For the era it was a well produced book. The text is across the page rather than being put into columns, there are illustrated examples, though some of the “uninvolved figures” represented by hollow circles, are a bit hard to make out, and there are the intricate borders all around the pages. There are four designs, used in the same sets of two, sometimes flipped around.

One strange thing is that the magic cards, essential for using the range of ceremonial magic and summoned entities, was not always sold with the book, they cost extra, which seems strange. There were also some blank or indistinct pages in my copy, which seems to have been a common enough problem for pdfs replacements to have spread around gamers.

Some of the formations units can adopt

The set-up and mechanics are a lot different to most current fantasy wargames. The basic formations and maneuvres are ones that will be familiar to people who play historical wargames, particularly black power era ones, as your units can form line, column, wedge, skirmish line or square. The illustrations show four figures to a stand or multibase which is a suggestion for making moving figures easier as four is just the basic width for column, or in the wedge example above, each line has to have at least 4 figures more than the one before. That stand is not the unit, the unit can have multiple stands and they rules suggest leaving a few figures unmounted to make removing casualties easier.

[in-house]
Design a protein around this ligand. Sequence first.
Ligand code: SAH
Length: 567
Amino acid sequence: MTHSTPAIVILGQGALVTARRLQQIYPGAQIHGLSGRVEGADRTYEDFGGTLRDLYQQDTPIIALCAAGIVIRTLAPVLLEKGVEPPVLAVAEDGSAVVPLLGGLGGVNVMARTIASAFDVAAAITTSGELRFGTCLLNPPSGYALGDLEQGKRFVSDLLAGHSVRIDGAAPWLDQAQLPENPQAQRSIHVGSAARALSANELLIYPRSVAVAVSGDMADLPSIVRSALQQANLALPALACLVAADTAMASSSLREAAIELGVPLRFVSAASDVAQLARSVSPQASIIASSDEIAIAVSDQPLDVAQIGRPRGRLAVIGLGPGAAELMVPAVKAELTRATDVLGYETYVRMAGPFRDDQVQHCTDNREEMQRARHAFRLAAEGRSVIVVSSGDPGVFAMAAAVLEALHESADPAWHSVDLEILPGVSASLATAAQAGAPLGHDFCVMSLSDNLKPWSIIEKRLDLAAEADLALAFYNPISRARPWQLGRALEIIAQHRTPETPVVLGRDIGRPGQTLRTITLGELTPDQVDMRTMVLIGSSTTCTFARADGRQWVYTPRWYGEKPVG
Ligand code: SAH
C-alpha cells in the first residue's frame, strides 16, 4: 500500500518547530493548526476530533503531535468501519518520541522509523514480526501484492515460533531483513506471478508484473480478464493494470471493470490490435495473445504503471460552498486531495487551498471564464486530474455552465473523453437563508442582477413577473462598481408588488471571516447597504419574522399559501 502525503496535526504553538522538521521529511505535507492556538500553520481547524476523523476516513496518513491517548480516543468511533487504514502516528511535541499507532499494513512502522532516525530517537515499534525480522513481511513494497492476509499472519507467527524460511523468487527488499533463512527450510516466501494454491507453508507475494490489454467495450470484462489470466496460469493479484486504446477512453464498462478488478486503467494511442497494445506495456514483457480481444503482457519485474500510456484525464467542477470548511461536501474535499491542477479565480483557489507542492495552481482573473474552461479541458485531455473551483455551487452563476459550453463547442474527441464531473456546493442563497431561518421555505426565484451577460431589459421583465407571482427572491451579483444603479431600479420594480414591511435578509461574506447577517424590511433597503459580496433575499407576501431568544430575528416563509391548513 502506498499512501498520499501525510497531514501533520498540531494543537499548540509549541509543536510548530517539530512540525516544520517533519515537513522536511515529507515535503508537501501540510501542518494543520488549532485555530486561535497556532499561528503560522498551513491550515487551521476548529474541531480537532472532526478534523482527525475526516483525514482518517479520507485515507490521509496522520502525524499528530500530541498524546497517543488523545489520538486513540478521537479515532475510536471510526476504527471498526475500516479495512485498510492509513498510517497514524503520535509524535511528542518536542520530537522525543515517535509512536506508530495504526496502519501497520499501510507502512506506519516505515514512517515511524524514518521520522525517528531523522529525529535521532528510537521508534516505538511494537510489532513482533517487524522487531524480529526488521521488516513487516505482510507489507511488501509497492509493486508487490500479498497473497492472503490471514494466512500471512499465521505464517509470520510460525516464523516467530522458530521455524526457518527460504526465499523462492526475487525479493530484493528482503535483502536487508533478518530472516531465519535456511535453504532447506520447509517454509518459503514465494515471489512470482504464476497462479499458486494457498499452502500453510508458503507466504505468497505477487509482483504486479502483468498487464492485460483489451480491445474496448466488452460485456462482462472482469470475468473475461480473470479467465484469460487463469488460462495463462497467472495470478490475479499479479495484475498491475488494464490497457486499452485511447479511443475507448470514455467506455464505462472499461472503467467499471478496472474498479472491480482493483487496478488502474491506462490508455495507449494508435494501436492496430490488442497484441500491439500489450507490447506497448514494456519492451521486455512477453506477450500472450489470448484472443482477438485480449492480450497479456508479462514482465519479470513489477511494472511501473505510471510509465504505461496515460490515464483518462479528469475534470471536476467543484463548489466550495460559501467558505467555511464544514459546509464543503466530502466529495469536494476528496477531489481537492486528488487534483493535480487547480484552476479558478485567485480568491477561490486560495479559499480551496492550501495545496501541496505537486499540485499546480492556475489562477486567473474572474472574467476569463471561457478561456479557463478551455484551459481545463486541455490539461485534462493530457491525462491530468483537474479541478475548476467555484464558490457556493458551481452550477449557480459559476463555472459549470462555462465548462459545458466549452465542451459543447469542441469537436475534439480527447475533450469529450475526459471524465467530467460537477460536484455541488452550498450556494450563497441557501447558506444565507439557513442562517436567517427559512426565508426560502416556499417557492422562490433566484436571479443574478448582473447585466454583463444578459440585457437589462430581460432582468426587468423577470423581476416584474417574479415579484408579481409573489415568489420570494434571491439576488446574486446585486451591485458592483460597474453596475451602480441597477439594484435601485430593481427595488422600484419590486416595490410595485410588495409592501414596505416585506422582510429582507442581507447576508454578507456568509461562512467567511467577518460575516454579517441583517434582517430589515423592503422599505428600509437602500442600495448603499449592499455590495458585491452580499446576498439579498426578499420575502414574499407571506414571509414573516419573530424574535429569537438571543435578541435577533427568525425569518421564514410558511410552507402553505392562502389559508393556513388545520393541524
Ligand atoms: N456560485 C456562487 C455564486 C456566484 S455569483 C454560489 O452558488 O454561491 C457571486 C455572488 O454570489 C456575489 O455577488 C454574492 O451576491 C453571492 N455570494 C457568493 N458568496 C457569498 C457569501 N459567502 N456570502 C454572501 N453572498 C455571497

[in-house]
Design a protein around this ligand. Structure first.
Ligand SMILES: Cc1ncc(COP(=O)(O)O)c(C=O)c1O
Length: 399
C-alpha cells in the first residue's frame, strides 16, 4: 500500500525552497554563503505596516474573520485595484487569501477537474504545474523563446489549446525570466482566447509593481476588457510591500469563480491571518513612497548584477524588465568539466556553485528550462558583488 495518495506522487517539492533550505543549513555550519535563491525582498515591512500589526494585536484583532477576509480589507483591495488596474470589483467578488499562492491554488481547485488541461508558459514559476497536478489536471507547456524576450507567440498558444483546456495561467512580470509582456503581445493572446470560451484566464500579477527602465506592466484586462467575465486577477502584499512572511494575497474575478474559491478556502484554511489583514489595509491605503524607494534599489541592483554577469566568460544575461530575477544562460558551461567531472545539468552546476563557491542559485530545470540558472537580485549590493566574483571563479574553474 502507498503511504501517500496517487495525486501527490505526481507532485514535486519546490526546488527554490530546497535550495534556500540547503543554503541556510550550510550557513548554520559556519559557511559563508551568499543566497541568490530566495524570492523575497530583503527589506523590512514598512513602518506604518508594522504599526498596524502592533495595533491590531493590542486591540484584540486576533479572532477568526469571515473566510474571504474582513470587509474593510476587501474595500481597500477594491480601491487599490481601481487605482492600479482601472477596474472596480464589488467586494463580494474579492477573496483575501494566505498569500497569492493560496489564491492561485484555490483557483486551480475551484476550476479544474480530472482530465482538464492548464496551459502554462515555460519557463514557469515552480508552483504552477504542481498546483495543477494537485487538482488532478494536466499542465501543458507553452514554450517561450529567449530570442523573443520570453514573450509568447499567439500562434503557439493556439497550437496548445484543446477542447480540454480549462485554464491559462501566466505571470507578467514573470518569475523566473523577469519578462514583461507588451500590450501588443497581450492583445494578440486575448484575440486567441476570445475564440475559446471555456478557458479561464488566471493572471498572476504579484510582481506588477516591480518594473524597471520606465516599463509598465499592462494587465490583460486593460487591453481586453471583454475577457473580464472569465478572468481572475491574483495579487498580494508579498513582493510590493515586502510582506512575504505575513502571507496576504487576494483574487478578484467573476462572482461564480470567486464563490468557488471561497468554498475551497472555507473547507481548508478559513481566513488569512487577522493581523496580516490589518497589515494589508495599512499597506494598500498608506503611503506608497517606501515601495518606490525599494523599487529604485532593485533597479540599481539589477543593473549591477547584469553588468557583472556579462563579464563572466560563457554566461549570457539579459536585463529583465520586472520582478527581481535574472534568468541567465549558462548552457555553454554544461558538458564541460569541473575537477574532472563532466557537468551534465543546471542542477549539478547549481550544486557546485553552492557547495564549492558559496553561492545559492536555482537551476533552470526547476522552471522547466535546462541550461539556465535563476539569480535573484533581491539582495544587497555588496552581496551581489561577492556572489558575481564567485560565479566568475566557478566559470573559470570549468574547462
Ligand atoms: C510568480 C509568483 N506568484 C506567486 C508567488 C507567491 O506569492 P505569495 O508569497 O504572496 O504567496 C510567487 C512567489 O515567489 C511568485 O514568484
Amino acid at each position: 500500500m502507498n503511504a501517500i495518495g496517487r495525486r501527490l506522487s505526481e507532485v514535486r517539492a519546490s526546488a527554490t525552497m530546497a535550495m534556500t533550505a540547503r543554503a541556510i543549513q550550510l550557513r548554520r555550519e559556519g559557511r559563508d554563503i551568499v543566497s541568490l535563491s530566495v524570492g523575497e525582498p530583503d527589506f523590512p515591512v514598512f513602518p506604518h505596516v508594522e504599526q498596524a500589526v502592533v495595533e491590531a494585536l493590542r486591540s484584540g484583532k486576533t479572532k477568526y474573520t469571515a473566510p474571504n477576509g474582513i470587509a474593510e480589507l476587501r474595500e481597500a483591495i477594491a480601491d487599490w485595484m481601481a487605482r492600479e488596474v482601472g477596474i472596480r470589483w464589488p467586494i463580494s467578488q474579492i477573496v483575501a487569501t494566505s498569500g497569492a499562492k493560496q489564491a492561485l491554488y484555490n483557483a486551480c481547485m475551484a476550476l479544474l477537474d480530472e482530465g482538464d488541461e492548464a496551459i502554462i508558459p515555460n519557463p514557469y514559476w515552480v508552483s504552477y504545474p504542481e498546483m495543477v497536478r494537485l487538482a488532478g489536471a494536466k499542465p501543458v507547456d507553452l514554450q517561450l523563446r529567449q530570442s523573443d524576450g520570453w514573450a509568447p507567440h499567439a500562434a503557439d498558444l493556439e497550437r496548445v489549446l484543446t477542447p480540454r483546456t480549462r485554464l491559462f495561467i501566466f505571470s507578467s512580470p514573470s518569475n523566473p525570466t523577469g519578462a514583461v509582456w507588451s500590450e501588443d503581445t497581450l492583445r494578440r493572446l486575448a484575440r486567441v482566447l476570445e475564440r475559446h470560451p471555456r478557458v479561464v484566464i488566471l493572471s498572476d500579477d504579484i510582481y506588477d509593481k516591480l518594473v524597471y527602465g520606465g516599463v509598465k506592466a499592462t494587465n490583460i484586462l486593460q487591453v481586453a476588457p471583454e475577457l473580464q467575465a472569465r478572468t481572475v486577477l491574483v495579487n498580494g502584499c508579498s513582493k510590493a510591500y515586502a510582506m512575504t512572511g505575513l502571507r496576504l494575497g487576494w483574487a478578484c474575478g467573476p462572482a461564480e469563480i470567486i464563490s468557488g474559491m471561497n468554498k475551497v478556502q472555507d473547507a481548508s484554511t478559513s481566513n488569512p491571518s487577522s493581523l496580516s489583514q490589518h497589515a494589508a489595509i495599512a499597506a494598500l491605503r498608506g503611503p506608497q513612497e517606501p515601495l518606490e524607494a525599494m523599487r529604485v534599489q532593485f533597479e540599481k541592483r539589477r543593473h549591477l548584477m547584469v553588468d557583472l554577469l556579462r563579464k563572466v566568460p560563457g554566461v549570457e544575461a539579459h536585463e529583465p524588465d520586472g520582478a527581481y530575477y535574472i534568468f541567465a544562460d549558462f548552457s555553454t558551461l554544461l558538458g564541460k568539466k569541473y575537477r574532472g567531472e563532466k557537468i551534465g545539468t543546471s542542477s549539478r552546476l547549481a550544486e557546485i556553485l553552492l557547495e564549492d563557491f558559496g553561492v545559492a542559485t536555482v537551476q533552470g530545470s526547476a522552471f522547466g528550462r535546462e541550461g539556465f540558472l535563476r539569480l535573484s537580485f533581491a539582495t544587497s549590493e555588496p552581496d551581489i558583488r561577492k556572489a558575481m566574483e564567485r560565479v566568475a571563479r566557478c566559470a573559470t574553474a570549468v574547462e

Moreover, the base size for a figure is not the same for each figure of the same species. The formation that the figure will be used in determines the width, as does the height and weight of the thing that the figure represents, this will mean that two lines of the same width, one of close order infantry and the other open order infantry of creatures of the same size, then the close order infantry will have twice the number of figures in the fight. The close order human has a suggested width of 15mm, which is another sign of the age of these rules, when 25mm was 25mm, and wargames figures were often in profile. Trying to fit heroic 28mm to the same size would be hard.

Flyers have three height levels, the higher the unit the further it has to travel laterally to make an attack

There are rules for changing formation, with less well trained or motivated units taking longer to shift formations , and only the best trained units able to do the more complex maneuvres.